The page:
Named after Richard Fuggle who selected the variety back in 1861 and released it in 1875, this classic hop has been an ever-present in British brewing for 150 years. It’s part of the DNA of British beer. Its low yield and the development of much higher alpha acid varieties (Fuggles weighs in at 3.5-6.5%) means that it’s now only used as an aroma hop, offering up grassy, floral, slightly herbal countryside notes.
Fuggle hops are also grown across Europe and in America (where they tend to have more woody/fruity notes and higher yields) and are used in English, American and Belgian style ales. Alternatives include Willamette and Golding varieties.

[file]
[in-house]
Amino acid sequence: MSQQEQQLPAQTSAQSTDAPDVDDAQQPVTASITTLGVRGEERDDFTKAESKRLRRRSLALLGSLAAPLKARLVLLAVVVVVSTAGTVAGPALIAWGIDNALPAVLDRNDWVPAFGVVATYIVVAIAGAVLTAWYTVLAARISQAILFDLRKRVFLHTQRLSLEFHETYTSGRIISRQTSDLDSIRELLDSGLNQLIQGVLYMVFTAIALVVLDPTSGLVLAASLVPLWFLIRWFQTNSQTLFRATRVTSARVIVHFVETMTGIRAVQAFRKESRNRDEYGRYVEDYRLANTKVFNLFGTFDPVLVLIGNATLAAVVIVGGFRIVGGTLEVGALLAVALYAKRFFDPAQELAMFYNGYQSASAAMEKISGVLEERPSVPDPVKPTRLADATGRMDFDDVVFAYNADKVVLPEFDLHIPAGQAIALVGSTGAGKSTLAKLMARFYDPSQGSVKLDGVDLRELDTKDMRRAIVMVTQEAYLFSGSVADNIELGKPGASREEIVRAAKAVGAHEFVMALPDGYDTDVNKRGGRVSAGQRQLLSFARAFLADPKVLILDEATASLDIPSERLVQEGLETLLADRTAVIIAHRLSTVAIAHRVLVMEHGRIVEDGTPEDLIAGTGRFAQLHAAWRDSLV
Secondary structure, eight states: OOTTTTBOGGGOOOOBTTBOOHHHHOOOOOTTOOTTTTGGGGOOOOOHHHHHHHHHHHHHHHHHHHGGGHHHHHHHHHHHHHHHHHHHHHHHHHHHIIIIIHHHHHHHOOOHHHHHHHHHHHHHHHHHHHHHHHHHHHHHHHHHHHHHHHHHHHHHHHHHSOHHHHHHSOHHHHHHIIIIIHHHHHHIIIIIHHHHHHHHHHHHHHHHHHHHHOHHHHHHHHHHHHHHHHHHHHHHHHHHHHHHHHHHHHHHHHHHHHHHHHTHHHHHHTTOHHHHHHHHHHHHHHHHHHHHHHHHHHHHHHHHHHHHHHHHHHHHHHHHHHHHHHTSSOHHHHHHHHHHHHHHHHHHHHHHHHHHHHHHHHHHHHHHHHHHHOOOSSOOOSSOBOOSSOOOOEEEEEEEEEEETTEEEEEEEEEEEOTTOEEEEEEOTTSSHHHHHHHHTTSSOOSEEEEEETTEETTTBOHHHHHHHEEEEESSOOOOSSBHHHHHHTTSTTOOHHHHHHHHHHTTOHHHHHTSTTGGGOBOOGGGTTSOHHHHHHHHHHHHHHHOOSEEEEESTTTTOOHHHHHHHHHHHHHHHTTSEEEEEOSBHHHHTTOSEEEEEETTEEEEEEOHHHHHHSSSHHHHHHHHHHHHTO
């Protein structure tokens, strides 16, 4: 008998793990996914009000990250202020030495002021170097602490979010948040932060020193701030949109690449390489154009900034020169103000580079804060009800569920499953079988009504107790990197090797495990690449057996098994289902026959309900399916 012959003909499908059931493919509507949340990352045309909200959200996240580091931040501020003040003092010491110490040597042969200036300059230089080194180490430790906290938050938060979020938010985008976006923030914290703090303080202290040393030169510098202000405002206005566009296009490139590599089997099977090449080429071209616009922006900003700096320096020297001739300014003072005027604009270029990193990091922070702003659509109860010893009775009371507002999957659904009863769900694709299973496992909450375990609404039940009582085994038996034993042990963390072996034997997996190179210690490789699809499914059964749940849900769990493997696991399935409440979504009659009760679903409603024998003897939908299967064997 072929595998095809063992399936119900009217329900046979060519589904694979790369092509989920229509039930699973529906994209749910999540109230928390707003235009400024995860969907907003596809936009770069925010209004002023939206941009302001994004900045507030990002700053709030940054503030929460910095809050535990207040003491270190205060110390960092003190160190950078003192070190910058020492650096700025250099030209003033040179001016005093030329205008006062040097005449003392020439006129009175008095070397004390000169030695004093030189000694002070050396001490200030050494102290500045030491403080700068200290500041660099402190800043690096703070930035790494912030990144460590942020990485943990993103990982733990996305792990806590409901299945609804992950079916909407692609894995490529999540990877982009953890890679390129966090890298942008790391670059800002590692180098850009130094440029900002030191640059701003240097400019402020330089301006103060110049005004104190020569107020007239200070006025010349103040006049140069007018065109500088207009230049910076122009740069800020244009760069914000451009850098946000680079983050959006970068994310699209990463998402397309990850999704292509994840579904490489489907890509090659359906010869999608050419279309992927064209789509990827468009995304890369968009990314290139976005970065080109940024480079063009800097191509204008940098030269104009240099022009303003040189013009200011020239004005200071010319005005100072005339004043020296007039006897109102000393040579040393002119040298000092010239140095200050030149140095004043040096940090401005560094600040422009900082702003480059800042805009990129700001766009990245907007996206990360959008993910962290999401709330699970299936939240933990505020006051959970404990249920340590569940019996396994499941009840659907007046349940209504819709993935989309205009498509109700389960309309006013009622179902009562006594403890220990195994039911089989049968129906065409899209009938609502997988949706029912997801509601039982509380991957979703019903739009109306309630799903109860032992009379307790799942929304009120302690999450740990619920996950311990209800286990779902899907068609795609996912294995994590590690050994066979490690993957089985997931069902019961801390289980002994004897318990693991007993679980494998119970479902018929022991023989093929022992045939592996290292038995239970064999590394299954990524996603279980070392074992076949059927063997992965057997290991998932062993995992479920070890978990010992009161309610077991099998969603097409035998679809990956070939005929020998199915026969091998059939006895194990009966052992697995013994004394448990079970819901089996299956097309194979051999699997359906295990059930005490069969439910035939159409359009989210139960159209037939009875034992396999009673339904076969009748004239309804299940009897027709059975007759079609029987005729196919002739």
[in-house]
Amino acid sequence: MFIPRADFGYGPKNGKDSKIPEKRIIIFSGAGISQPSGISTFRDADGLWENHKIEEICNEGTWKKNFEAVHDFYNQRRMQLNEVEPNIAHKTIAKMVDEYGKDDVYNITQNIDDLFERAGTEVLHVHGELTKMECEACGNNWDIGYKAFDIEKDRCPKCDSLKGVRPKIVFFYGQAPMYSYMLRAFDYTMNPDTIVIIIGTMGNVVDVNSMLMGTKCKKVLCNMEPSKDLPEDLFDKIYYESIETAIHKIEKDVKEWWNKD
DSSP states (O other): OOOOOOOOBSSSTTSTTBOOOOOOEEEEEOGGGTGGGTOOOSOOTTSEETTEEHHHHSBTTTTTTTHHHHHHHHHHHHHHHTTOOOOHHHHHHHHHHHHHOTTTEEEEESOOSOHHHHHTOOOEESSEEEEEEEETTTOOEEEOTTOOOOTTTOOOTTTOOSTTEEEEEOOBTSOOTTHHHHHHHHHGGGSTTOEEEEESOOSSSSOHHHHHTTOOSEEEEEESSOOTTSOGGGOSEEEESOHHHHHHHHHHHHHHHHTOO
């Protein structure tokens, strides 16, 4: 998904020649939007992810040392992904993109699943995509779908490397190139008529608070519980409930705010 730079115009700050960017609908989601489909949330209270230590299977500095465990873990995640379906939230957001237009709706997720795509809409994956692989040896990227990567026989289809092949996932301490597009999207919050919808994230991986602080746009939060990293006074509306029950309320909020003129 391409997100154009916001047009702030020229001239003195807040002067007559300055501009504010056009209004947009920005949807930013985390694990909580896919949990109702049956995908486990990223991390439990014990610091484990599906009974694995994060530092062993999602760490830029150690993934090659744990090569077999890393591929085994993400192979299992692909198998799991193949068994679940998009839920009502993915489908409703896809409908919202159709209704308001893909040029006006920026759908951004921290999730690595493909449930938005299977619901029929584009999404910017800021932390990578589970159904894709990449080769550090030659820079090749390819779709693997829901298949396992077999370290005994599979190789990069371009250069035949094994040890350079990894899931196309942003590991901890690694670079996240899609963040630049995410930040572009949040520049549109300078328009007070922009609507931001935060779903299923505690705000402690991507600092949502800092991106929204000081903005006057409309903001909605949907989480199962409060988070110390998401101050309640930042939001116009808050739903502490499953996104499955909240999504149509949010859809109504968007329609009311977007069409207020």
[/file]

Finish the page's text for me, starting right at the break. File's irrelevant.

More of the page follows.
The hop also lends its name to a rather excellent Beer Cafe not too far from our main offices in Tunbridge Wells, Kent (the county in which the variety originates).